I can’t help it – I’m a sucker for a local Festival in France – so you can imagine I was delighted when, on a planned bike ride last week, we arrived in Saint Didier and noticed a sign for the Fig Festival taking place in Caromb that day.I feel I should explain that Caromb was (by quite some miles) in exactly the opposite direction to the route we had planned, but the chance of spending a couple of hours wandering around, learning more about figs and hopefully tasting some, proved too much of a draw and so we bought a map from the local Tabac and then turned left instead of right and headed out towards the village.
It was a lovely ride through the small town of Mazan, through vineyards towards Caromb, which sits against the backdrop of the Dentelles, with Le Barroux perched high on a spur of rock beyond. Needless to say the mass of Ventoux was ever-present on our right as we cycled along the quiet roads.
When we arrived it was clear from the signs advertising a ‘navette’ to shuttle visitors in and out, that this was going to be quite an event – so we cycled through and found the Fete in full swing, taking over the main road and squares in the centre of the pretty little village.
We had clearly arrived at a perfect moment as there was a parade of different groups of people, representing local producers, making its way through the streets, led by a traditional provencal band. The people in these groups were dressed in long, brightly coloured capes, with one of their members carrying a banner for their particular ‘Confrerie’ – including garlic and of course figs.It was evident from this that the Fete was an opportunity for a celebration of all local foods and traditions as well as the local figs. I must admit I love figs and can’t think of anything nicer than a simple breakfast of sun-warmed, freshly picked figs with yogurt. What I hadn’t realised though was the variety of figs that are grown or that Caromb had its own local fig – the ‘Noire de Caromb’, which is at its best at this time of year. These slightly elongated, dark skinned figs have a wonderful flavour & almost burst when you bite into them and they were available in many different forms at the Fete. There was also lots of information available on so many types of figs to help you decide what to plant & where You could also sample just about every possible version of a fig from the fruit itself to ‘fig tapenade’…… ‘fig bread’, ‘fig jam,’ ‘nougat with fig’ -or simply satisfy yourself by buying a tree to take home with you. The ‘Fete’ was an absolute delight and we would have loved to have stayed for the communal lunch that was just starting in the main square – accompanied by the provencal band that had led the parade through the streets earlier. However knowing that we were on our bikes with a considerable distance to cover to get back to Fontaine De Vaucluse that evening – the last thing we needed was a long and ‘winey’ lunch, however pleasant that would have been…… (note to self – next time stay near Caromb when the Fig Festival is on)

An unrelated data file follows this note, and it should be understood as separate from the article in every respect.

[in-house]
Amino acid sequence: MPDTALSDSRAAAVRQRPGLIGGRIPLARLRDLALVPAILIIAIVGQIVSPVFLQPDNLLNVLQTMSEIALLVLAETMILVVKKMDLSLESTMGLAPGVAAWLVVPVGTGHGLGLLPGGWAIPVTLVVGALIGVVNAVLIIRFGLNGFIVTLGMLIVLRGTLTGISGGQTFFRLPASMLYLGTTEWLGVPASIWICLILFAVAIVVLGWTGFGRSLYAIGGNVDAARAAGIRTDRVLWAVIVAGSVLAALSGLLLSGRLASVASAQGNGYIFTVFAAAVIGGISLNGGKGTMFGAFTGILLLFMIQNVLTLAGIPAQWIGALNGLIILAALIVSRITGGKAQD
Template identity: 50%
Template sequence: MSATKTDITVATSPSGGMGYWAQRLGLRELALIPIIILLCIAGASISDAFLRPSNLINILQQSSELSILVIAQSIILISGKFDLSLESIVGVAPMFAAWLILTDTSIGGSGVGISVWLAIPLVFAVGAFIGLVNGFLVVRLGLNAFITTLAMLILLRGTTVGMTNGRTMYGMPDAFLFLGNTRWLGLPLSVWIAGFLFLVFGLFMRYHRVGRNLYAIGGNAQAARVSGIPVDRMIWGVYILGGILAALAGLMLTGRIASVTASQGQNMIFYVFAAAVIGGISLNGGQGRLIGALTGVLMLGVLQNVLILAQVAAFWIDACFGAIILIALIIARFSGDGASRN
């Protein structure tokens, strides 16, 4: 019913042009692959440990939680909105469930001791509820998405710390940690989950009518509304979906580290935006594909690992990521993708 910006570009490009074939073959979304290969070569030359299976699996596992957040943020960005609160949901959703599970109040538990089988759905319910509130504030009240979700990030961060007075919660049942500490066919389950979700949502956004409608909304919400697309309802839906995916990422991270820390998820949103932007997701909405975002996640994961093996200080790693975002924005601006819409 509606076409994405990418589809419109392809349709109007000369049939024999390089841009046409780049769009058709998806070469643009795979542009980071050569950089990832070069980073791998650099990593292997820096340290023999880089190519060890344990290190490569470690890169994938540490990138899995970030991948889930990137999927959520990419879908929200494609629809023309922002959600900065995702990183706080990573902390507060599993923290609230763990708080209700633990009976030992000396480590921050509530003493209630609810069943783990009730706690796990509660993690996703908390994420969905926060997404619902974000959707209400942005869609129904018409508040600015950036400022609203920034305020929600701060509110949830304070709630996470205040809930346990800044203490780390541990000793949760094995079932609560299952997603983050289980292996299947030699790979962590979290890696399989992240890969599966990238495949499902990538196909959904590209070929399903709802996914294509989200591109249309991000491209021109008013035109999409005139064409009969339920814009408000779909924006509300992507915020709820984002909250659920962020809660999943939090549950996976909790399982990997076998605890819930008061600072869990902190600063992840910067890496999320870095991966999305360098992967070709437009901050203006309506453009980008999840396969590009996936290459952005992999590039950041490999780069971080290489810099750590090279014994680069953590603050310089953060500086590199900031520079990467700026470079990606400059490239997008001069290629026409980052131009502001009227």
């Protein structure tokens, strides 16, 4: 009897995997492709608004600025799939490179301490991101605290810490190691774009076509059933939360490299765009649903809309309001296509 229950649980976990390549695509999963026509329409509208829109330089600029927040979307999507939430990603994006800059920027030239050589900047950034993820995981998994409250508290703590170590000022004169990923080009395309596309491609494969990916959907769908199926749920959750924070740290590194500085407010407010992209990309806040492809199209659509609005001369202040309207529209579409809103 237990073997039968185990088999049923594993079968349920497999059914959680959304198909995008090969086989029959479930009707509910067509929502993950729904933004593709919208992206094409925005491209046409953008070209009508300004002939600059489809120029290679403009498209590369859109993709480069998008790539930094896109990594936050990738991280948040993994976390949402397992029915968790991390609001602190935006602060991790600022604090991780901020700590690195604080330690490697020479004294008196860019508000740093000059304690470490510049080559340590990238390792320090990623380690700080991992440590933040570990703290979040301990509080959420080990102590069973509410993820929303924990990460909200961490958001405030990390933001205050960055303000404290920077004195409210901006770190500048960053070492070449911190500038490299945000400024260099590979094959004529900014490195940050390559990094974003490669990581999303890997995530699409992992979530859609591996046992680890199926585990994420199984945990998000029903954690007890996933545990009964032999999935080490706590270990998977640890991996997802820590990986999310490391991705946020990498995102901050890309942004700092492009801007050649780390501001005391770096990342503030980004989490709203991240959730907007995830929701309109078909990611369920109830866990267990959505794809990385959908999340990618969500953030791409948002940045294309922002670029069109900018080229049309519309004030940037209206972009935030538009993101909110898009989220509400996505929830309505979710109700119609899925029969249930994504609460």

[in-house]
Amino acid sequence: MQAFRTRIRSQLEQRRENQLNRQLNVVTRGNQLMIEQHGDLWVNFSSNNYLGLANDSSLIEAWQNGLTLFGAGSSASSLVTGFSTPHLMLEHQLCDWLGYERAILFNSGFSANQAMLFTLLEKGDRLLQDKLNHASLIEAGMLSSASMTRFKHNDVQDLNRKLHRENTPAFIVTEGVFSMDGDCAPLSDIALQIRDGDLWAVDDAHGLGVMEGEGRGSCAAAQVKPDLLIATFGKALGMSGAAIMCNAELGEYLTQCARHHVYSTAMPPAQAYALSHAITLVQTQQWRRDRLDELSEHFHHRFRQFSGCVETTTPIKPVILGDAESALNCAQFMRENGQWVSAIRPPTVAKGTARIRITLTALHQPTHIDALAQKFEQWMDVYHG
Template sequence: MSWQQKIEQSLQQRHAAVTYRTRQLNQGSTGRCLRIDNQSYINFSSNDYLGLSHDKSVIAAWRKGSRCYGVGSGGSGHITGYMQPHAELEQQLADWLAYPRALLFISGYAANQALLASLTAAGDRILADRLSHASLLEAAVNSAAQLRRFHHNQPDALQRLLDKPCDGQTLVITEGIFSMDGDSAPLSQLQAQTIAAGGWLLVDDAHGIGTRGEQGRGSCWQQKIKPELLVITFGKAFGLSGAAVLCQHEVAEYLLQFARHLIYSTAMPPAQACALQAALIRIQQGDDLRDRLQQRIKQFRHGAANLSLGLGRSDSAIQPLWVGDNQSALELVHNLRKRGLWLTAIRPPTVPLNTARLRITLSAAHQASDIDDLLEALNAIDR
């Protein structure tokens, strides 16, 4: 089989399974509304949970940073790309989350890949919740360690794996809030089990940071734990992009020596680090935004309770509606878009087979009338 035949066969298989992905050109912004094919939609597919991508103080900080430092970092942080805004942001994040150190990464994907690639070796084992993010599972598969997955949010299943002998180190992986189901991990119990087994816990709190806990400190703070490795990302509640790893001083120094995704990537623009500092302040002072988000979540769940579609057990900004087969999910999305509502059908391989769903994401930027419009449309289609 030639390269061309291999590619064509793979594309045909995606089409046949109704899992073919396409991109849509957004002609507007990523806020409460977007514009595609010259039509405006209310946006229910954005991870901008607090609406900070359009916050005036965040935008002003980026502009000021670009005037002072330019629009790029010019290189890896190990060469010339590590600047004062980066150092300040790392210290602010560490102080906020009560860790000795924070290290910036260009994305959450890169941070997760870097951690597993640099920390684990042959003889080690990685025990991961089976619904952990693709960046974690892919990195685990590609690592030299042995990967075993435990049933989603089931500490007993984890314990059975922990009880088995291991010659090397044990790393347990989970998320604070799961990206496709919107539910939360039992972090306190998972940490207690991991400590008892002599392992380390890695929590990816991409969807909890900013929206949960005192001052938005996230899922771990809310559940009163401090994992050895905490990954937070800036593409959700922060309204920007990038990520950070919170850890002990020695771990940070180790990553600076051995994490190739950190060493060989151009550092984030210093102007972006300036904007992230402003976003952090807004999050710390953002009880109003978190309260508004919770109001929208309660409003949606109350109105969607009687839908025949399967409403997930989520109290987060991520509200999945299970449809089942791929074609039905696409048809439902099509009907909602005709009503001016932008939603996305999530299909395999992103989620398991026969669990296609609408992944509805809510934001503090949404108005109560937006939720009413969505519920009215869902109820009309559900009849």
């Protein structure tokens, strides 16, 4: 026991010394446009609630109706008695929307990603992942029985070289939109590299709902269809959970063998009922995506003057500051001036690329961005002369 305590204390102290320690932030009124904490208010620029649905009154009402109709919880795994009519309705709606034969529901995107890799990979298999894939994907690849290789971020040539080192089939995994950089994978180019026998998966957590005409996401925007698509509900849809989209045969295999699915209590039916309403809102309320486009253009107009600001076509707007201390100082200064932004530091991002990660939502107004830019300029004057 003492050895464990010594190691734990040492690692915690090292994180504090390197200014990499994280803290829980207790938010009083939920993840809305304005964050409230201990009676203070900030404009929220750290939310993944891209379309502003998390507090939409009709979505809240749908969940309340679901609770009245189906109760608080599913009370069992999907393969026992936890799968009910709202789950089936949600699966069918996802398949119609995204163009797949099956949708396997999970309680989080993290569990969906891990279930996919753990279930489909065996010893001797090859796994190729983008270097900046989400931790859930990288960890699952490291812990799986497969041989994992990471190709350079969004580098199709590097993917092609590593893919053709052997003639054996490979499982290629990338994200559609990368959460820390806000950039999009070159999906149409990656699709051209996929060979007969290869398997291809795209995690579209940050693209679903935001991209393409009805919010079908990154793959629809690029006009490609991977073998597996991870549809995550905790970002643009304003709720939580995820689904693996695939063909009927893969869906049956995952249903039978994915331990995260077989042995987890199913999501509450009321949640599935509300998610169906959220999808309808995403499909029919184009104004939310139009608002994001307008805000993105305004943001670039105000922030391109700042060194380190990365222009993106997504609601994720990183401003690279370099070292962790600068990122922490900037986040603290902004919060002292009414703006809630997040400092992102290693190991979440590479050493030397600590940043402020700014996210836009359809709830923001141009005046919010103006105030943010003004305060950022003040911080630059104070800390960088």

Of course, as with the other local festivals we have visited over the years, there were many other stalls selling local handicrafts, which are always lovely and Caromb was no exception. I was particularly taken by the pottery on this stall, particularly the large and rather lurid snails, which seemed ready to crawl down onto the next shelf…..also the games made from local river pebbles…… simple but beautifully presented and a great idea………….. there were also some nice paintings …………. and some particularly stunning silver jewellery…… As ever I was very tempted by many things, but with only having handlebar-bags on the bikes our carrying space was especially limited so we restricted ourselves to buying figs (in a variety of guises) for lunch, before moving on.
The whole occasion was delightful. The centre of the village had a lovely buzz about it and it was a great way to spend a couple of hours on Bastille Day, providing us with a perfect break and lunch-stop during our cycle-ride, which was further diverted when we noticed a sign for a ‘Melon Festival’ that afternoon in Pernes-Les-Fontaines (so many festivals….. so little time!)
There was one thing though that did leave us rather intrigued and that was why the horse taking part in the main parade was wearing a tweed ‘flat-cap’ …………It didn’t seem to be doing much to keep the sun off its face, nor did it appear to be acting as a particularly effective fly-repellant. For us it was just one of those rather ‘bizarre’ sights that helps make France what is is and to be honest we can’t wait to return.
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